4. Permeability.  The institutional structures of human rights suggest the ways in which issue tend to seep between and among the institutional sub-actors that make up the U.N. system itself.  Permeability does not suggest mere penetration, but instead suggests communication and reaction. Permeability follows from the porosity of governance systems that overlap in a global order the territories of which are not measured simply by physical geography.  Just as territory has become porous, the integrity of governance systems is no longer measured by their imperviousness to influence by or projections from other systems. The U.N. human rights system is itself the embodiment of the sort of permeability that can, at its limit, reduce the ability to develop an approach to the implementation of a policy. The structures of the U.N. institutions are indeed designed for permeability--from and among experts, outsiders, states and others.  

5. Polycentricity. And it is in polycenrticity that the functional value of the U.N. system is itself most visible.  These institution produce a tremendous amount of "product." But what if ots nature.  Virtually none of it constitutes law, even that form of mild law that traditionally was subsumed within the category "international law."  Rather norms, declarations, findings, reports, toolkits, principles are the order of the day.  These are institutions that trade more in information and principle than in the forms of traditional law making.  Yet, in the aggregate, these products--multiple, sometimes coordinated, often adverse--tend to have a profound effect on the definition of the baseline within which policy conversations are conducted.  Neither states nor other bodies may be bound oftentimes, but all are drawn into the framework within which these institutions define and frame the issues they consider.  And to that extent, what is produced by these institutions, as irritating and contradictory as it may appear, cannot be ignored. It is in this sense that one can speak of the polycentricity of governance that is produced through a collection of institutions whose own members are usually dedicated to the idea that polycentricity--and the possibility of law beyond the state--can neither be legitimate nor effective within their territories.  And yet it very much is.

What the map of the geography of human rights within the Unite Nations suggests, then, is not government so much as the production of governance.  It is the focus of efforts to privilege discourse and to control discussion; to authoritatively structure conceptualization and discipline outliers.  But is is also a place where the outlier is hard to control, where contestation can seep through and where the possibility of a singular robust authority may be difficult to construct. These contradictions are at once the strength and weakness of this polyglot institution.  It is the realm of the bureaucrat--who like bankers and lawyers tend to like to preserve turf and to avoid risk.  But it is also the square within which civil society may engage in effective mass organization--across the very states that feel most threatened by the possibility of such mass movement.  It is bound up in its history and limited by  capture by blocks of states with some significant political axes to grind. But it can also be virtually the only place where those who are otherwise unable to speak might, if only of ran instant be heard--and more importantly have their voices preserved for another day.  It is  a cover for the organization of modern empire, but also for the transformation of the state.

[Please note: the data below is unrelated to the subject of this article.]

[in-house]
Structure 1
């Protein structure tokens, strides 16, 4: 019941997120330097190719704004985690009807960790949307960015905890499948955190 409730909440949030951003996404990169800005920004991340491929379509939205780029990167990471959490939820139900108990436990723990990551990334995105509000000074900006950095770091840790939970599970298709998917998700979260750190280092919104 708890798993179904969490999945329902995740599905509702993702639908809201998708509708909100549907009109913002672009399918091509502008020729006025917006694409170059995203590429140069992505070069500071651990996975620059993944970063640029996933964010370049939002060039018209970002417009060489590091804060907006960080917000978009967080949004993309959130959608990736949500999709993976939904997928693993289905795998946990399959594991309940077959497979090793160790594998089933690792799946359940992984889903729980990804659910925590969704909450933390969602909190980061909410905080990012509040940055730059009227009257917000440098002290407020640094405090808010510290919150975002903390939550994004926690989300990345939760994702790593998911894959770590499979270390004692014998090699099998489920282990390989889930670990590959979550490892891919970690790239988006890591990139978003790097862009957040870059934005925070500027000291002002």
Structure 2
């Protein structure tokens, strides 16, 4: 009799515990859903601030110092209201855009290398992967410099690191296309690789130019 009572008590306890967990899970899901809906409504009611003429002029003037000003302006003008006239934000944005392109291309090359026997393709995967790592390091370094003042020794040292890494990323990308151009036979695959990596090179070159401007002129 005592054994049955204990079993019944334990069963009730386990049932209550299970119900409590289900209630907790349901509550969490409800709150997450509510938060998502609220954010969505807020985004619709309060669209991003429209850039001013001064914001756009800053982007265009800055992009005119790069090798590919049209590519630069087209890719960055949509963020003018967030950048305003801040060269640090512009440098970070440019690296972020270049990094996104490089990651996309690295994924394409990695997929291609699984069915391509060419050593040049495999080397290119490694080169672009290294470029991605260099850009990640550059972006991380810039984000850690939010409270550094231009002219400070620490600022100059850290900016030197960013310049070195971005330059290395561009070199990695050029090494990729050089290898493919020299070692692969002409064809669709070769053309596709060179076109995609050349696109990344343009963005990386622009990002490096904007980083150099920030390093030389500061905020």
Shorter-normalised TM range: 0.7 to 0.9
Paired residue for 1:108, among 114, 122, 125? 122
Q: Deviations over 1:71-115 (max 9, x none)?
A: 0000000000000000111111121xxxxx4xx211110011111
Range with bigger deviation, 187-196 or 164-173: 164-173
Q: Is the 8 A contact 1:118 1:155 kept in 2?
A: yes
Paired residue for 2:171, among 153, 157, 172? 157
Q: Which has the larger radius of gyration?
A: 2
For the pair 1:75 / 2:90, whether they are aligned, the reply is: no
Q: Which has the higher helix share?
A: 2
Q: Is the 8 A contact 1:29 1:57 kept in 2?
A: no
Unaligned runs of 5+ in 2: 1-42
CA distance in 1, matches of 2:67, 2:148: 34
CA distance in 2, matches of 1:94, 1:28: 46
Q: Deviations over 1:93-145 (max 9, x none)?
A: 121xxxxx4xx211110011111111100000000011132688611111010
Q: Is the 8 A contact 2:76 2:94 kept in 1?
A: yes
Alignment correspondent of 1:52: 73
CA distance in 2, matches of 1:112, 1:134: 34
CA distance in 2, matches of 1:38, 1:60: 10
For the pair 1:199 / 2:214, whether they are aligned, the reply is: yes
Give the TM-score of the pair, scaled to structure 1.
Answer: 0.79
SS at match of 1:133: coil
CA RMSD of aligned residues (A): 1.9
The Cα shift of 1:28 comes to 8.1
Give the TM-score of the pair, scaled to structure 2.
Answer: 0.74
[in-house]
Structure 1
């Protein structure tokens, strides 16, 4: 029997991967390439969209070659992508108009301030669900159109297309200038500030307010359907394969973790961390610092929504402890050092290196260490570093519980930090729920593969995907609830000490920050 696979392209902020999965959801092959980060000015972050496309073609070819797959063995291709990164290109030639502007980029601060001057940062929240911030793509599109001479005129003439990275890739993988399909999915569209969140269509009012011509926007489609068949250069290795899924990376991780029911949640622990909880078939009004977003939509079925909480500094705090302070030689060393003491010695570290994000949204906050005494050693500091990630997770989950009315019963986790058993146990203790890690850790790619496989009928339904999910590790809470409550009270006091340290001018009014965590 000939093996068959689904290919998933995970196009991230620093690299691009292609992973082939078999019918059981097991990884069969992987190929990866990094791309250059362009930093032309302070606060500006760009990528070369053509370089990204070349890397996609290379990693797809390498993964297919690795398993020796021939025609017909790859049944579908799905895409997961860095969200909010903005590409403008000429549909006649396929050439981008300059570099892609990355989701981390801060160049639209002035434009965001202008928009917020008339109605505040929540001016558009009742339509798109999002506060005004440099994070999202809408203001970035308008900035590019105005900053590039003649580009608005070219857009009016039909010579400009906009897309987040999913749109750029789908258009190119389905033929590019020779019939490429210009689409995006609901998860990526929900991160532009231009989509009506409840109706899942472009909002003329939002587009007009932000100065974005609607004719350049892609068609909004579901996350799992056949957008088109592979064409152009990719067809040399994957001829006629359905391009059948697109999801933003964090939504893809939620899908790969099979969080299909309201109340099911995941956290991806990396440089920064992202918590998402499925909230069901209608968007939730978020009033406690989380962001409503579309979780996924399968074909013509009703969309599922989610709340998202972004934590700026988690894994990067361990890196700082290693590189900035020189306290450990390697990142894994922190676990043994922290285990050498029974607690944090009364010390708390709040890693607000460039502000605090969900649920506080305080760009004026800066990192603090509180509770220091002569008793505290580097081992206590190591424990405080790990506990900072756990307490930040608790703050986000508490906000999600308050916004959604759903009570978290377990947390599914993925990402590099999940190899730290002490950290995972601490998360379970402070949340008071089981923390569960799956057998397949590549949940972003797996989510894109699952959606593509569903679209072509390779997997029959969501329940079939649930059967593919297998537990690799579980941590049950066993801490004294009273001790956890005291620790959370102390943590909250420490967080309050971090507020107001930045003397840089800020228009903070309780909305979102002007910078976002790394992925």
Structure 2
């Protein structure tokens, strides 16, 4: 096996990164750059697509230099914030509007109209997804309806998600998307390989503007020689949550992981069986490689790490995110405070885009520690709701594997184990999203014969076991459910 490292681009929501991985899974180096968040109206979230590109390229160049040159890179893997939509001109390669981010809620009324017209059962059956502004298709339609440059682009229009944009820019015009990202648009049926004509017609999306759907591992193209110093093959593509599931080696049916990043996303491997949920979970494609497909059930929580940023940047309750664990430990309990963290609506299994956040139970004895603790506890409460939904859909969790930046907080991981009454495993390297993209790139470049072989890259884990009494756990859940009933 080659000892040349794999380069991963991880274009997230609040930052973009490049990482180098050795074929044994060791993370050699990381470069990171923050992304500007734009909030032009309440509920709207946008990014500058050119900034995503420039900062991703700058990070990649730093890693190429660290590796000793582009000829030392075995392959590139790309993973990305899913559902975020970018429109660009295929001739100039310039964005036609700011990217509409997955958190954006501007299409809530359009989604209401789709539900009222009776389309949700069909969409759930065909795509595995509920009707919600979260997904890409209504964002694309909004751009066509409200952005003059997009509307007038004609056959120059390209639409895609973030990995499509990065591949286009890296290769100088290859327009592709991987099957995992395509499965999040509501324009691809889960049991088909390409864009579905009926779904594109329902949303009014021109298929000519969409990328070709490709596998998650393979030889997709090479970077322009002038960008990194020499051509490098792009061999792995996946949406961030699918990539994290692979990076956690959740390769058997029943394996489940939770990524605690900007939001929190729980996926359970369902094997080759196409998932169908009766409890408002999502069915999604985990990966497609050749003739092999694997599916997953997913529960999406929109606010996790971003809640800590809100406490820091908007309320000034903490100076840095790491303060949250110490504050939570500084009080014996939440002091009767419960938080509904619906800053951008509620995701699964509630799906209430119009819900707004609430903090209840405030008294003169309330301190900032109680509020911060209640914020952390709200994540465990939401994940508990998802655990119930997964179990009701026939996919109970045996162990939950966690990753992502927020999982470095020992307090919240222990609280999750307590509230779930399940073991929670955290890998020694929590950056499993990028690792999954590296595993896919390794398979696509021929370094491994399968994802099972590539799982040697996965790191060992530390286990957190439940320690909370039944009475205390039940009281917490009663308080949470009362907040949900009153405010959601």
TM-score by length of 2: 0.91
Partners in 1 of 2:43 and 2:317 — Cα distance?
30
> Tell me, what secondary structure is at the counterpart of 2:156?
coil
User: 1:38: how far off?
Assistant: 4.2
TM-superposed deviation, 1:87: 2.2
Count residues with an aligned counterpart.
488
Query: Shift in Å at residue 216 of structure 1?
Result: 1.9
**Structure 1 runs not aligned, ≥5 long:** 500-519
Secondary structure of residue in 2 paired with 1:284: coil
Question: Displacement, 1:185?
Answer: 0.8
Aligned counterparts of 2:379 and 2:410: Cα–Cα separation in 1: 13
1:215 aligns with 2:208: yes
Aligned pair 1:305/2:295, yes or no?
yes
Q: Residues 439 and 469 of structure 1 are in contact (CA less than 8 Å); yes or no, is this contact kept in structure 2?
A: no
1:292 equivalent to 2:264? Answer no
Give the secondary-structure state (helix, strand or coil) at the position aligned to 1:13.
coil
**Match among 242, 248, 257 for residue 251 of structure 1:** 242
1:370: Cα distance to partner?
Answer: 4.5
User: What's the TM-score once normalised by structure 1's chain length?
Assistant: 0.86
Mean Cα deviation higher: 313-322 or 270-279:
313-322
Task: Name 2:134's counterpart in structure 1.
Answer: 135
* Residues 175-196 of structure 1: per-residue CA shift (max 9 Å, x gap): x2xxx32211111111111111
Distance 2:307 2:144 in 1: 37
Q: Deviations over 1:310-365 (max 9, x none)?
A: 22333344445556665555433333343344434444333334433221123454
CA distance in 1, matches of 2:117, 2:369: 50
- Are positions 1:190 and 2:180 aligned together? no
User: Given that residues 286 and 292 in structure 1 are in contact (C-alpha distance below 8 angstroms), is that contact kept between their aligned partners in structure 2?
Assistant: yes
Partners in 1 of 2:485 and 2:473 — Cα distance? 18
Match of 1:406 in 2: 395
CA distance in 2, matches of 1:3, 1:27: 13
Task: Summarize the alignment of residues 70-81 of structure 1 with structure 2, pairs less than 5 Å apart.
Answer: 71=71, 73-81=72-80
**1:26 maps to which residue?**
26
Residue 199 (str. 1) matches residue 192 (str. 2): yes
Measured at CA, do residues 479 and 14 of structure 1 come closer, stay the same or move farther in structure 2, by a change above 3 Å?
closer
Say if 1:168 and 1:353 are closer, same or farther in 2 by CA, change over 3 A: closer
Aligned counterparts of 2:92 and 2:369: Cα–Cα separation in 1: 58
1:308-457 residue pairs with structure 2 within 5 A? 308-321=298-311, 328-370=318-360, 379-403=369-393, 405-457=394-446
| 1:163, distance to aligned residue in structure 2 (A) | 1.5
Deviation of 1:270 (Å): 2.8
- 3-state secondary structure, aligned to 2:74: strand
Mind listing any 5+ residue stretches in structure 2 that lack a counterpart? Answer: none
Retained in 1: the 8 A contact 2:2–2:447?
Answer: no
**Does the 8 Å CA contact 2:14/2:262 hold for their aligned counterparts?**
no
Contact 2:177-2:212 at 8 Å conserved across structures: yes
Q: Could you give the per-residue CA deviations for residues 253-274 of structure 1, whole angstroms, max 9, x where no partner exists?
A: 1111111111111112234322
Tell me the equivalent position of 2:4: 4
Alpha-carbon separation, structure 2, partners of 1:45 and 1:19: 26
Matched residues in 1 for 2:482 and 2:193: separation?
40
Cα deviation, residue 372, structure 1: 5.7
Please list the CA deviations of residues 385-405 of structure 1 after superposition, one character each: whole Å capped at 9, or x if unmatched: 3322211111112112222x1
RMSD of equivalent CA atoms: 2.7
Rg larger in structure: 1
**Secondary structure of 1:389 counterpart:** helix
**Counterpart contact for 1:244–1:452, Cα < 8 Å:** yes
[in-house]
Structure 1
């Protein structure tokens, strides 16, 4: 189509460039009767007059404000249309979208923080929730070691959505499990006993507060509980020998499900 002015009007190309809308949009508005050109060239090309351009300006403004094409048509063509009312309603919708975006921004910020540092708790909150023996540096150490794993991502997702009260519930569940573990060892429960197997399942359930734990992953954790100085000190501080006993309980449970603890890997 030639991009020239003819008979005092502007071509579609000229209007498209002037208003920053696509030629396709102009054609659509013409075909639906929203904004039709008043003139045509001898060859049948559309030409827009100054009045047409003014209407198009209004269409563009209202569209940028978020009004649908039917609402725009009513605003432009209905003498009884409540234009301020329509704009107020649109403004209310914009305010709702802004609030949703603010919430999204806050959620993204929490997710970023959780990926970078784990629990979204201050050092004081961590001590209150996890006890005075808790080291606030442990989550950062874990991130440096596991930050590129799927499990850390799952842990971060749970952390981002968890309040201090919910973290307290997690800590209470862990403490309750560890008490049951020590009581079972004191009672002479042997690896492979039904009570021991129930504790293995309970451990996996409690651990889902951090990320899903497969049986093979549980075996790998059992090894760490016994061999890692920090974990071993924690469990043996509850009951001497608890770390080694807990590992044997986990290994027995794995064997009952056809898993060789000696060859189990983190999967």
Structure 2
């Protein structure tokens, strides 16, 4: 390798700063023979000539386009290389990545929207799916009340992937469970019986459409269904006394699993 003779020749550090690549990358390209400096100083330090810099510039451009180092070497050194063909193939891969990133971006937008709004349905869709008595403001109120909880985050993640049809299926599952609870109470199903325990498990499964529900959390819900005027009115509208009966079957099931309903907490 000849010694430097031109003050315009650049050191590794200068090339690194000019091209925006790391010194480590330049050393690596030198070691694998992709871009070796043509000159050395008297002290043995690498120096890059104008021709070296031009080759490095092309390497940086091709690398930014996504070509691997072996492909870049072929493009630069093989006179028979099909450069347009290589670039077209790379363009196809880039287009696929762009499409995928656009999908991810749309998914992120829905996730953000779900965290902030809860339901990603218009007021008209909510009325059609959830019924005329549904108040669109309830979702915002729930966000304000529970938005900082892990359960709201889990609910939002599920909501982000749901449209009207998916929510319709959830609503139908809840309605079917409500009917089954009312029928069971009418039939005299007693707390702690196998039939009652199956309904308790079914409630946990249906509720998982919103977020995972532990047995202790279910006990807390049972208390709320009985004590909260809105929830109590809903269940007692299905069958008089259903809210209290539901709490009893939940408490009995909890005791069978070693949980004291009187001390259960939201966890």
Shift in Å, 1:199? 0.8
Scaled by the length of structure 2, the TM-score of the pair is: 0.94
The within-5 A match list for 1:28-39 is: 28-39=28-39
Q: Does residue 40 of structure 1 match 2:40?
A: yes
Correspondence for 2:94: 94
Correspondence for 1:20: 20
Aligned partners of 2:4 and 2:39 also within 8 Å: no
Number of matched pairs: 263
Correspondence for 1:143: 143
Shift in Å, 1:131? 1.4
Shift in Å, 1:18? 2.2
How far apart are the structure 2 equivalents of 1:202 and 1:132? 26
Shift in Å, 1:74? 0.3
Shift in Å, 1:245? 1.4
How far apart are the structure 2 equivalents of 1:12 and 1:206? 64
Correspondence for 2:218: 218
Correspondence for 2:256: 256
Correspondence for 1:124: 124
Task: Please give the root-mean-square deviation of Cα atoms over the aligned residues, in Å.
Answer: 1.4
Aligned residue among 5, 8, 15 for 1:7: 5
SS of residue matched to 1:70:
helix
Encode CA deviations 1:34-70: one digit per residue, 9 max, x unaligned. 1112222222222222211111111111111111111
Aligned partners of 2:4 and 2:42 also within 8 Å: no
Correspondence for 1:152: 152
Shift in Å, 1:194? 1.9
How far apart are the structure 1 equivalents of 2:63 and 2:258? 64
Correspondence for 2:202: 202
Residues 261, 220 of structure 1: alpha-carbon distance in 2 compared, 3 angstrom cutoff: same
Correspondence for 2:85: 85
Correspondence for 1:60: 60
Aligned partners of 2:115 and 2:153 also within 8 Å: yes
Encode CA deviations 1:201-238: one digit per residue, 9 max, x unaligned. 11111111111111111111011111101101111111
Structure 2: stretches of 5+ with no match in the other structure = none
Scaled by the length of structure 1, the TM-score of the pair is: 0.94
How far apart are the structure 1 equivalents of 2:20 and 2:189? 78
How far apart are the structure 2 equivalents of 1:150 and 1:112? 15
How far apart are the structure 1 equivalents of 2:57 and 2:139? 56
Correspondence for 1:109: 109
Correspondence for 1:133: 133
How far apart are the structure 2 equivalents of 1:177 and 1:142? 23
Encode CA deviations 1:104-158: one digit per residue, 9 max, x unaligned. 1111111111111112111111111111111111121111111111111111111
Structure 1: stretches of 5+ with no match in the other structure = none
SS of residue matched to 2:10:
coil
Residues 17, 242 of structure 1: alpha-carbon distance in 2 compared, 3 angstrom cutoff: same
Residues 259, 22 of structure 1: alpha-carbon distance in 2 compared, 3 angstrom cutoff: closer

It is its strongest when it remains fractured and weak--in the conventional sense of wielding a unified power coercively against a community that knows no escape.  As long as one understands these structures as a means to something else, its current organization continues to serve a useful purpose, though not the ones for which it is formally constituted.It makes a mockery of its own self understanding. It can never be independent of the states and other actors which it serves or with which it must interact.  Autonomy is the extent of its "independence.  And that autonomy comes not because it is willed by its state members but by reason of its bureaucracies, expertise and the mandates that may give it a measure of self governance over a jurisdiction that no single state can contravene (buy which a majority of states can overturn). It is hardly complementary--of itself, perhaps--that has been suggested in the paragraphs above. But beyond that the organs of the U.N. do not complement so much as they supplement, gap fill, or contest both the jurisdiction and substantive policies of the states which make up its membership.  And that, in the end, suggests the profundity of the polycentricity inherent in a system that is at once bond to its members, and independence of them within organizational structures that themselves mirror this contradiction and use it to the purpose of advancing some sort of engagement--for good or ill.